Kashagan is an gigantic oil and gas field located in Kazakhstan’s section of the Caspian Sea and is one of the largest and most complex hydrocarbon development projects in the world.
Commercial production at Kashagan was supposed to kick off and start brining profit to Kazakhstan more than a year ago but gas leakages were discovered shortly after the long-delayed pilot start in September 2013, and the production was suspended. It was later concluded that all the pipes at the field needed replacement. According to preliminary estimates, the replacement of the entire pipeline will cost as much as $3 billion.
The field is developed by an international consortium of oil majors under a Production Sharing Agreement (PSA) with Kazakhstan. According to its terms Kazakhstan will not reimburse the costs associated with resumption of the production at the field, Tengrinews reports citing Ak Zhaik.
The Contractor in the PSA is NCOC, whose members are seven companies: Agip Caspian Sea B.V. (16.807%), CNPC Kazakhstan B.V. (8.332%), ExxonMobil Kazakhstan Inc. (16.807 %), Inpex North Caspian Sea, Ltd. (7.563%), KMG Kashagan B.V. (16.877%), Shell Kazakhstan Development B.V. (16.807%), and Total E&P Kazakhstan (16.807%).
North Caspian Operating Company B.V. (NCOC) Managing Director Stephen DeMayo declared earlier that the Kazakhstani side would not be paying for the replacement of the pipeline. Instead, this will be done by NCOC partners or their subcontractors. The information was confirmed by Kazakhstan’s Vice-Minister of Energy Uzakbay Karabalin.
“On December 13, 2014 the Agreement on the settlement between Kazakhstan and contracting companies of the North-Caspian project was signed, which among other things had settled all the issues related to the “primary” pipeline (reference: http://energo.gov.kz/index.php?id=2013),” Vice-Minister Karabalin said. “In particular, the Contractor and Kazakhstan agreed that all the costs associated with the design, manufacturing, maintenance, and operation of the “primary” pipelines are non-refundable, and accordingly, Kazakhstan will suffer no losses in this regard.”
In his written answers to Ak Zhaik, Kazakhstan’s Vice-Minister Karabalin said that investigation into the causes of the pipeline failure was almost completed and the final report would be published in 2015. According to preliminary information, small cracks appeared in the pipes because of presence of zones of excess metal hardness, which are more susceptible to acidic environment under pressure.
An expert who asked to remain anonymous suggested that the erosion of the pipes at Kashagan was caused by improper welding during installation of the pipes and insufficient quality control. He drew these conclusion from the fact that the fragile excess-metal-hardness-zones in the pipes are found near welded joints – they appeared as a result of welding.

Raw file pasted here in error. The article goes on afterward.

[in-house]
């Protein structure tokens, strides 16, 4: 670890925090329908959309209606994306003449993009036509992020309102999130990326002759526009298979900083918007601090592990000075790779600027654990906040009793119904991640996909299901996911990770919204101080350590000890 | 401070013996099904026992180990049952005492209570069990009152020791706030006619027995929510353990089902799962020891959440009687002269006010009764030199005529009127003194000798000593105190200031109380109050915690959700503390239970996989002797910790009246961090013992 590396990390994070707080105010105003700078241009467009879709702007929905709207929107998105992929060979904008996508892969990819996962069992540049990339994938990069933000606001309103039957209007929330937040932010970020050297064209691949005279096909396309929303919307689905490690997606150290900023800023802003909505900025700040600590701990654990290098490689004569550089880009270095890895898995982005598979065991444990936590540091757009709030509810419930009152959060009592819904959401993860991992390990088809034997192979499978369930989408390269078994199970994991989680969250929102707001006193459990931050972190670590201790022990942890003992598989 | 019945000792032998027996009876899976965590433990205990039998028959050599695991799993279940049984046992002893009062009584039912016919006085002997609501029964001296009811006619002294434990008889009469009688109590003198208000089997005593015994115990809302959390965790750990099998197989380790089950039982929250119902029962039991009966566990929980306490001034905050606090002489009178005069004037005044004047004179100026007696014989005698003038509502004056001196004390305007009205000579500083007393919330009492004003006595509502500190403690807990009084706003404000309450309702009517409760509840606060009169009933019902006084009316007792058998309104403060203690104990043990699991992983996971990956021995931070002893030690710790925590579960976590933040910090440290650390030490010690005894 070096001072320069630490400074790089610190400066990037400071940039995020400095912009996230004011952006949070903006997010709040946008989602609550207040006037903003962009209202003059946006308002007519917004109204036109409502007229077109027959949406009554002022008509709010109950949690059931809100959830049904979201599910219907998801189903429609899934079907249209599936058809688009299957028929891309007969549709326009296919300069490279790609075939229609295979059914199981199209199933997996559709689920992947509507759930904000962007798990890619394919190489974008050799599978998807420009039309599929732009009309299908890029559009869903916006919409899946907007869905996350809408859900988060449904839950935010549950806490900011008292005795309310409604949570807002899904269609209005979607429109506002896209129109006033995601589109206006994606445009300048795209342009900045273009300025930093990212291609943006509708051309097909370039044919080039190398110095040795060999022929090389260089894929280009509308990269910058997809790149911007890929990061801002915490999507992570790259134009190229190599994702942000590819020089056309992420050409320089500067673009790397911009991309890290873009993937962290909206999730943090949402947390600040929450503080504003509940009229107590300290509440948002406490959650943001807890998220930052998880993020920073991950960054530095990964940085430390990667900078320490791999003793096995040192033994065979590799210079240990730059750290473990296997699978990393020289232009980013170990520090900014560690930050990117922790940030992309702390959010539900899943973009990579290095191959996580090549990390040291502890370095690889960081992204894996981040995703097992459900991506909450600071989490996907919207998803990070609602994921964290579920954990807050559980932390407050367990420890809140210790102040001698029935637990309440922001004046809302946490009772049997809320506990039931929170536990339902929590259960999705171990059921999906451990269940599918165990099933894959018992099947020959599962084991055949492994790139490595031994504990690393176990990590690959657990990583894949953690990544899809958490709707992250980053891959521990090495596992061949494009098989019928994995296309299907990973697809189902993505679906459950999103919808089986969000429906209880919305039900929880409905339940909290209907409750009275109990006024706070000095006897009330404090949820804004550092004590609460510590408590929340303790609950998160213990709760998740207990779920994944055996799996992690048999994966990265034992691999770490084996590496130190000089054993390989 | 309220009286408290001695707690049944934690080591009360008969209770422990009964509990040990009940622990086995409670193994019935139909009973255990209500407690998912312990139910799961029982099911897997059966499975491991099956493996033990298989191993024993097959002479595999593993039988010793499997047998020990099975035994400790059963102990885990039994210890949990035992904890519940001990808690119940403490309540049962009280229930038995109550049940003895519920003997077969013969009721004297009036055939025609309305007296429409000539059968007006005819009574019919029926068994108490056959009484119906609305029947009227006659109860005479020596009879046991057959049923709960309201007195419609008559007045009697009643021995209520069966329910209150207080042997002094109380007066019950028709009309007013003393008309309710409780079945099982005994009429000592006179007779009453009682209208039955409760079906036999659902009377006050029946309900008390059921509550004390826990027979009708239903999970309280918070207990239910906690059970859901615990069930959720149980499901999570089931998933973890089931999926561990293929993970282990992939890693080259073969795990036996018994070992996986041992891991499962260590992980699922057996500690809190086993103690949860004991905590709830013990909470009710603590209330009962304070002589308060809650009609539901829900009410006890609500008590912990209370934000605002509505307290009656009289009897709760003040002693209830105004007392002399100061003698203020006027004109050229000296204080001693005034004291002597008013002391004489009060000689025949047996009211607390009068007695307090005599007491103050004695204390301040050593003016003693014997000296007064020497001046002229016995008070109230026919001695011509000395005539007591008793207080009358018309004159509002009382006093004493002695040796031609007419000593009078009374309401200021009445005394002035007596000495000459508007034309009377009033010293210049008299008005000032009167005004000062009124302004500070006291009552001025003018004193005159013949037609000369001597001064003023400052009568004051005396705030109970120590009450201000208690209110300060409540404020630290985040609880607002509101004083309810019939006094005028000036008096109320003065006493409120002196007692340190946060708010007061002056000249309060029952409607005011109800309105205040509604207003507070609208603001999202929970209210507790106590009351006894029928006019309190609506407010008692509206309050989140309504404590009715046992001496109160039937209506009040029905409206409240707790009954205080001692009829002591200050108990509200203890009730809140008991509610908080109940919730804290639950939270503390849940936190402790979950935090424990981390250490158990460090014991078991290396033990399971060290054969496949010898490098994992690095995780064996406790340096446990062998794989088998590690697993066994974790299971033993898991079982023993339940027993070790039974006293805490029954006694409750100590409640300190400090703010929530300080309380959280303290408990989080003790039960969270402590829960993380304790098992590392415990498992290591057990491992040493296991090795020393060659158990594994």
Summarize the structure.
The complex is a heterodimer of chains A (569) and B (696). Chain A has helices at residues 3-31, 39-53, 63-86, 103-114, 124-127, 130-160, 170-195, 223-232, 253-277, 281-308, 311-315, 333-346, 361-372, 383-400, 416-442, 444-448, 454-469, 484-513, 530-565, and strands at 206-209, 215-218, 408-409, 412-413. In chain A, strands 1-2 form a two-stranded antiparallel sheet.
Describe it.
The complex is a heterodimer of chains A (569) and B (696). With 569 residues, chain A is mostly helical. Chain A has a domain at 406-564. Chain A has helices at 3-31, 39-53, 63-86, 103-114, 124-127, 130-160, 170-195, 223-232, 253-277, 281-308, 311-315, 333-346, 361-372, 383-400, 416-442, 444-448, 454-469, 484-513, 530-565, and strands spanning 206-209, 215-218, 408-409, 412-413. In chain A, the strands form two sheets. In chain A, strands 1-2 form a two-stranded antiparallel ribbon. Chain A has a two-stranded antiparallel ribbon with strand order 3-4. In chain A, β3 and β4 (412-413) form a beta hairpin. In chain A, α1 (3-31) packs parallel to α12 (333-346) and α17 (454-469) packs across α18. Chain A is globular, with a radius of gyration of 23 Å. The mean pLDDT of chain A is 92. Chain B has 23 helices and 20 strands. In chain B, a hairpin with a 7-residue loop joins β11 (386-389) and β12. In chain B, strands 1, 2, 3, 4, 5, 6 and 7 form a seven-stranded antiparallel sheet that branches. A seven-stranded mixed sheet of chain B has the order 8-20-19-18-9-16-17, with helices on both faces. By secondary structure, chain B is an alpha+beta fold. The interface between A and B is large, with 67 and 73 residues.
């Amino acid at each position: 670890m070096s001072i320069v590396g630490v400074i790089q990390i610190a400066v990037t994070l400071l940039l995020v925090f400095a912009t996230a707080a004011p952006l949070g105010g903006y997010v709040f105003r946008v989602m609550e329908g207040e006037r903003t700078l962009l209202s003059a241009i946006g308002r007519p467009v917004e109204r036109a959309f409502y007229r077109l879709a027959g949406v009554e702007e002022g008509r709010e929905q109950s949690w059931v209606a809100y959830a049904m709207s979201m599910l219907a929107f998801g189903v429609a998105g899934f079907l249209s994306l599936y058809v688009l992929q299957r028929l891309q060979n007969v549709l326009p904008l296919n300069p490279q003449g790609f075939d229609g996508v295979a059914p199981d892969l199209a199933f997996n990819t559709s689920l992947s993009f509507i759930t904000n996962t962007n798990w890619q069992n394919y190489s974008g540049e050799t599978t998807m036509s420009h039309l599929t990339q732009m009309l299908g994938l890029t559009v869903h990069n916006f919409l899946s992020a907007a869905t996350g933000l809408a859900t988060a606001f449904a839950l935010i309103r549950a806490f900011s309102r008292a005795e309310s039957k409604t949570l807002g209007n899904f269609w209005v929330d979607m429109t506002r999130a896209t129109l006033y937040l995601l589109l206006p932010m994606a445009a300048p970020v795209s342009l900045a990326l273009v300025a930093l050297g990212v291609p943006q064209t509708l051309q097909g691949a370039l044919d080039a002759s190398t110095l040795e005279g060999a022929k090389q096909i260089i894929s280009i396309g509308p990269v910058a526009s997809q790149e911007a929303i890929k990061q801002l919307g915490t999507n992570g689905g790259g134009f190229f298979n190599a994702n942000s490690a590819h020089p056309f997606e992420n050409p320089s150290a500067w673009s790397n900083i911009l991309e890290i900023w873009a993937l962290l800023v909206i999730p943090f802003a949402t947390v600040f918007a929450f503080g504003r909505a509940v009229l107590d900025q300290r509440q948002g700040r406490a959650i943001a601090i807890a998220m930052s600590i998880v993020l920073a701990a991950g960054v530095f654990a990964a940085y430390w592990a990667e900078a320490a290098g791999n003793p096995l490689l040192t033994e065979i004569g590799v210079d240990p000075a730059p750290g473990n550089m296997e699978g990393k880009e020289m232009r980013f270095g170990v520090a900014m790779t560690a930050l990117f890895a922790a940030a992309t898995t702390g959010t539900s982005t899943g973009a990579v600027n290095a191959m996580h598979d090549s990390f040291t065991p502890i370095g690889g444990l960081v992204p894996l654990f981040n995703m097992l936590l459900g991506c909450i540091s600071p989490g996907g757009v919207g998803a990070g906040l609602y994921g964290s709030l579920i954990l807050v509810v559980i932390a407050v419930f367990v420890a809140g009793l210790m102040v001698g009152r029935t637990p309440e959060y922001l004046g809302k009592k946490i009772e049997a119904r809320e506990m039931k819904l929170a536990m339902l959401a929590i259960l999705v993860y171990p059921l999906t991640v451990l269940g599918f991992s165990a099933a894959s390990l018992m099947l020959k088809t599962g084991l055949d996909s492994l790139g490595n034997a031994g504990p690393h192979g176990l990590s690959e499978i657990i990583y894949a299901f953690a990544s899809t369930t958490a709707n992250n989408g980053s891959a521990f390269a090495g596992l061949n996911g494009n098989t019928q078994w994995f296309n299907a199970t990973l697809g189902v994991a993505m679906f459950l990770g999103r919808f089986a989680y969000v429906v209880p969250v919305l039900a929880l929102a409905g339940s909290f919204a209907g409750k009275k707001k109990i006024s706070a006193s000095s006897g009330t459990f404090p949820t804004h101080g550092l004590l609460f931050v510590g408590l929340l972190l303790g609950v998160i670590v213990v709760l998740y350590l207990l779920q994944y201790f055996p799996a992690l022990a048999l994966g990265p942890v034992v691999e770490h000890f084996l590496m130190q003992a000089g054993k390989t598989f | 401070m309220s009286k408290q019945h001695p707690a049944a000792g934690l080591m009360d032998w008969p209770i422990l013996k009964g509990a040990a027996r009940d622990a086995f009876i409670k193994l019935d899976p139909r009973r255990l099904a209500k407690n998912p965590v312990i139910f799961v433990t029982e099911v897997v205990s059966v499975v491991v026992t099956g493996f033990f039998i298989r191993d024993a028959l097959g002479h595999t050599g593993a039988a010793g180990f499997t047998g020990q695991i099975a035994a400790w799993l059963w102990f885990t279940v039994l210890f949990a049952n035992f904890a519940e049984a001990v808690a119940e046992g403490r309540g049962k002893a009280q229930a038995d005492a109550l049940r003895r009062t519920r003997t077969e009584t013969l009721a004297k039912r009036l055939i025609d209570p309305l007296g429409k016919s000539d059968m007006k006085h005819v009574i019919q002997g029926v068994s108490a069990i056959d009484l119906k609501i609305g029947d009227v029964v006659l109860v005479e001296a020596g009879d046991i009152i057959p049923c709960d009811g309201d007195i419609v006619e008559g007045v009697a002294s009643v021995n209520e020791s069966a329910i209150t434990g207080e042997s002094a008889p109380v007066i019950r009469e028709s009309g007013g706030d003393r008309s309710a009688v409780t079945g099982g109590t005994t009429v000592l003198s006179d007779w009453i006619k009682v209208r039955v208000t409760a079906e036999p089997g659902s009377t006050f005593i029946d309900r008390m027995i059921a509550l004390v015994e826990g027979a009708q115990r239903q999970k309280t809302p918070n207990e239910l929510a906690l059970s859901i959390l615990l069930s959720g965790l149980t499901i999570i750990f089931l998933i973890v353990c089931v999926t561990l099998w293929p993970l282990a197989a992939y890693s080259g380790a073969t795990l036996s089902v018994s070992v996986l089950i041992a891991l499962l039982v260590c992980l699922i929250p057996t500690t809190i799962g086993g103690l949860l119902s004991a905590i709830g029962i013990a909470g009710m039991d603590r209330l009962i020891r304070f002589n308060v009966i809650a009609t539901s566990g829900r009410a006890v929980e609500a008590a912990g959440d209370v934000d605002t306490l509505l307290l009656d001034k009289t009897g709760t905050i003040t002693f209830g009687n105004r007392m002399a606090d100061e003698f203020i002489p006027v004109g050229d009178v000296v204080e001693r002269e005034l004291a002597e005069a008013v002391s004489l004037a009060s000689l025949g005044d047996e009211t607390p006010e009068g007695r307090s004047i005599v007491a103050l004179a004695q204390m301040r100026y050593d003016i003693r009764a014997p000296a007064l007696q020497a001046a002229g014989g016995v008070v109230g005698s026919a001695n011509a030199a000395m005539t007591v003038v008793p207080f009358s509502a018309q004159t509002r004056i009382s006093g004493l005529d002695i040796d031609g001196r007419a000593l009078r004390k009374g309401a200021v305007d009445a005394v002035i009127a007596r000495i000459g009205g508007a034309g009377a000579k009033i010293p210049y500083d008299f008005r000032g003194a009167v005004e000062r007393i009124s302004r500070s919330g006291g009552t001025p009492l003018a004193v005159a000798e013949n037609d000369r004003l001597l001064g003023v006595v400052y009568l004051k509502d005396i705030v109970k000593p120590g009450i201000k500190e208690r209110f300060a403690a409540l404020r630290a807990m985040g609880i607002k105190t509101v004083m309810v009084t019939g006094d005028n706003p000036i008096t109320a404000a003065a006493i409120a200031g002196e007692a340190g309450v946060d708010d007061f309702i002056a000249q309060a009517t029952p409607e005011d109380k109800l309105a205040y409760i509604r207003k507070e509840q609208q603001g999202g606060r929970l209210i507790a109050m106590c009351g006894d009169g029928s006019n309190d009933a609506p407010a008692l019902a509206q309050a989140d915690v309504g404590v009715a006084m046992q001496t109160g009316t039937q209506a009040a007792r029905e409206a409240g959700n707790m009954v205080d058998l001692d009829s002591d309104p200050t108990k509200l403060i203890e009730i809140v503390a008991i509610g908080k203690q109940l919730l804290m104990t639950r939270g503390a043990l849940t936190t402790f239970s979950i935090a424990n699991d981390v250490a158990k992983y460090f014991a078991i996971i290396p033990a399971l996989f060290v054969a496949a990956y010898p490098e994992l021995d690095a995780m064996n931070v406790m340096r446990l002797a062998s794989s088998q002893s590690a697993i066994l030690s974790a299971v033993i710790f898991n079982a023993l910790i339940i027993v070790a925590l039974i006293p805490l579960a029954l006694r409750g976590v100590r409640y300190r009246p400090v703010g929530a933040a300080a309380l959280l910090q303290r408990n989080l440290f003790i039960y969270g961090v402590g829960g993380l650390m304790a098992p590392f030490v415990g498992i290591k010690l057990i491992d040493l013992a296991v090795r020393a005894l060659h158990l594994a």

Presence of wet hydrogen sulphide that eroded the metal pointed at malfunctioning of the offshore gas dehydration system. NCOC, too, announced plans to replace compressors at the offshore complex, which supports the version of malfunctioning of the gas dehydration equipment at Kashagan.
In combination with the tension stress that pipes experience during operation, these factors caused the cracks and leaks, even though the Contractor did choose the correct type of pipes for the operation. Similar pipes are used for oil-and-gas gathering and transportation at Tengiz and Karachaganak projects (large oil and gas fields developed by foreign oil giants in Kazakhstan) and – even after years of operation – have not manifested any of the symptoms found in the Kashagan pipes, the expert said.
Ak Zhaik asked the Kazakh Vice-Minister who exactly from Agip KCO, the consortium’s operator, or other companies participating in the project was responsible for the failure of the pipeline: a supplier of low-quality pipes or the companies that installed them.
“The question of the responsibility of the Contractor (Agip KCO and other companies participating in the project) was also settled by signing of this Agreement. Employees of KazMunaiGas National Company or PSA LLP were not directly involved in construction of the “primary” pipelines. Under the North Caspian Sea PSA, the responsibility for conducting petroleum operations lies entirely with the Contractor for the project,” he replied.
The anonymous expert said that the failures could be a result of many years of delays in the Kashagan project. The production was initially supposed to be brought online in 2005. The next deadline was set to 2008 and so on. “Most of the equipment for the project was purchased starting in 2005 and after with an expectation that the production will be launched in 2008. The equipment was supplied in a non-stop flow and it had to be installed at once, but the project was delayed, the construction deadlines were pushed back. For many years the equipment remained piled up in the open,” he said.
As for the exact cost of the replacement, Vice-Minister Karabalin said that the Operator was in talks with several of the world’s top pipe producers. The final cost of the replacement will be known after the talks are completed and contracts are signed, especially since the cost will greatly depend on the specifications of the pipes that NCOC will be purchasing.
It probably will cost a pretty penny.